Pilot's maternity style flying jacket : Lieutenant J H Butler, 1 Squadron AFC
|Title||Pilot's maternity style flying jacket : Lieutenant J H Butler, 1 Squadron AFC|
|Maker||Kitchener Ltd (Maker)|
|Place made||Australia: New South Wales, Sydney|
|Physical description||Wool gabardine; Plastic; Oxidised brass|
Australian Flying Corps (AFC) pilot's khaki wool gabardine flying jacket, popularly known as a 'maternity' jacket. The lieutenant's rank insignia on the shoulder straps and general service 'Rising Sun' collar badges are oxidised brass. The jacket is fitted at the back and has a vent running from the waist to the bottom of the skirt. The front of the jacket opens on the right shoulder and is secured with two press studs. From here the placket opening, with seven concealed plastic buttons. extends diagonally to hip level at the centre front. The front of the jacket is loose fitting and is shaped by a dart at the centre front of the neck, and by two darts running up from the pockets. There is a brass belt hook on both sides of the waist. A welt pocket with a plain flap has been let into the front of the jacket on both hips. An AFC pilot's embroidered brevet is sewn to the left breast. Sewn onto both upper sleeves is the triangular blue, dark blue, and red colour patch of the AFC. Both colour patches have brass Anzac 'A's fitted in the middle. The cuffs are plain but about 70 mm above both of them is a backward facing adjustment tab fitted with a press stud. The lower right sleeve bears embroidered overseas service chevrons, with one red (for 1914) and four blue stripes (for 1915-1918). 'Lt. J.H. Butler / 28-6-18' has been typed in blue onto the bottom of the maker's label that is sewn inside the back of the collar. The body of the jacket is lined with khaki polished cotton and the sleeves with with brown and blue striped cotton.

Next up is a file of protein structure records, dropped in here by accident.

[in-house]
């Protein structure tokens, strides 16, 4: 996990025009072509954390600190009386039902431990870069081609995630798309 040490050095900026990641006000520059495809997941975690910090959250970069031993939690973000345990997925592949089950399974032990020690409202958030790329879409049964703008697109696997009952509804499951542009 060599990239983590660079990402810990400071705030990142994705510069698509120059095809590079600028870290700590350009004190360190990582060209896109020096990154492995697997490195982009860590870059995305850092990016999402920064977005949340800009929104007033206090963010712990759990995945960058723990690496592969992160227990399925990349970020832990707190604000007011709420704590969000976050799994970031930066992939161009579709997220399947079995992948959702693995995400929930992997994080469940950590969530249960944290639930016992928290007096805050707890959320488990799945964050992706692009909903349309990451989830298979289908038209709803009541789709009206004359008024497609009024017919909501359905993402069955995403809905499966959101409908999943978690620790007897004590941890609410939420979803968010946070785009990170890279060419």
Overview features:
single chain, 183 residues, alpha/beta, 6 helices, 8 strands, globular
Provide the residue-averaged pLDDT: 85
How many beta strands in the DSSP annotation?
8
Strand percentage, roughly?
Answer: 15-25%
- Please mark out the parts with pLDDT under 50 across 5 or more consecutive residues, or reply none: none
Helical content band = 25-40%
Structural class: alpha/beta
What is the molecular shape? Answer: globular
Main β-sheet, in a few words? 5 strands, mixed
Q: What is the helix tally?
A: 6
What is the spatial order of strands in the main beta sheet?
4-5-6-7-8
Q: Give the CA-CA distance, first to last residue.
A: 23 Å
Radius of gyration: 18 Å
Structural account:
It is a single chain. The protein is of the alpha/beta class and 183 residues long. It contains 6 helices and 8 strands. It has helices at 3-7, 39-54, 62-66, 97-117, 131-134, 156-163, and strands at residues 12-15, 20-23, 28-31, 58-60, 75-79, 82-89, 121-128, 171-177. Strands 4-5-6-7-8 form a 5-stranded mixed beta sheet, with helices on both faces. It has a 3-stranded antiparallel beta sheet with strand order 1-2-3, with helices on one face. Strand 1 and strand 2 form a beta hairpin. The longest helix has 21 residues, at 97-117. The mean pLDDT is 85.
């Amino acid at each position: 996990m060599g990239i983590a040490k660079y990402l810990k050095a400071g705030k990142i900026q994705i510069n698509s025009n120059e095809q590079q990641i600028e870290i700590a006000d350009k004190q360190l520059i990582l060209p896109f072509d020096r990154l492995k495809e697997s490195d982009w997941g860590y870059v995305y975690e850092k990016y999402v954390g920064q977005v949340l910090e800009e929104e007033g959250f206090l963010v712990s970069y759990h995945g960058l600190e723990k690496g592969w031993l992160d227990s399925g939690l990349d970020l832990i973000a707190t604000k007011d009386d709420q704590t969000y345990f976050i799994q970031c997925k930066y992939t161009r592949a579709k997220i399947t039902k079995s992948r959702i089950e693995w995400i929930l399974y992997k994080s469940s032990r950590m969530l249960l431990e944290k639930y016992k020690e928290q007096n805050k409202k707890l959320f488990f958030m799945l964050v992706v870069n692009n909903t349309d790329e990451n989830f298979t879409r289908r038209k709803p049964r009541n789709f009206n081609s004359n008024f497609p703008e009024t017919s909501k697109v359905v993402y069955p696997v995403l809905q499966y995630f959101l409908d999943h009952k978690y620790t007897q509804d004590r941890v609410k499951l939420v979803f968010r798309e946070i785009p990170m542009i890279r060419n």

This jacket was purchased by Lieutenant (Pilot) John Herbert Butler, 1 Squadron, Australian Flying Corps (AFC), while he was on sick leave in Australia in 1918. He enlisted as a trooper in 2 Light Horse Regiment, AIF, on 19 August 1914, and served at Gallipoli before transferring to the AFC in January 1917. Butler was graded as a pilot on 4 June and posted to No. 67 (Aust) Sqn RFC (titled No.1 Sqn AFC from 19 January 1918). He was formally taken on strength on 8 June with the rank of Second Lieutenant. Butler was admitted to 14th Australian General Hospital on 16 August suffering Dyspepsia and was transferred to No. 10 Red Cross Convalescence Hospital, Alexandria on 3 September. He returned to his squadron and was promoted to Lieutenant soon after. On 5 April 1918 Butler was readmitted to 14th Australian General Hospital suffering debility. He was discharged from hospital for return to Australia on 28 April and embarked for Melbourne aboard the “Tofua” at Suez the next day. Butler arrived in Melbourne on 14 June and his appointment in the AIF was terminated on 12 December 1918.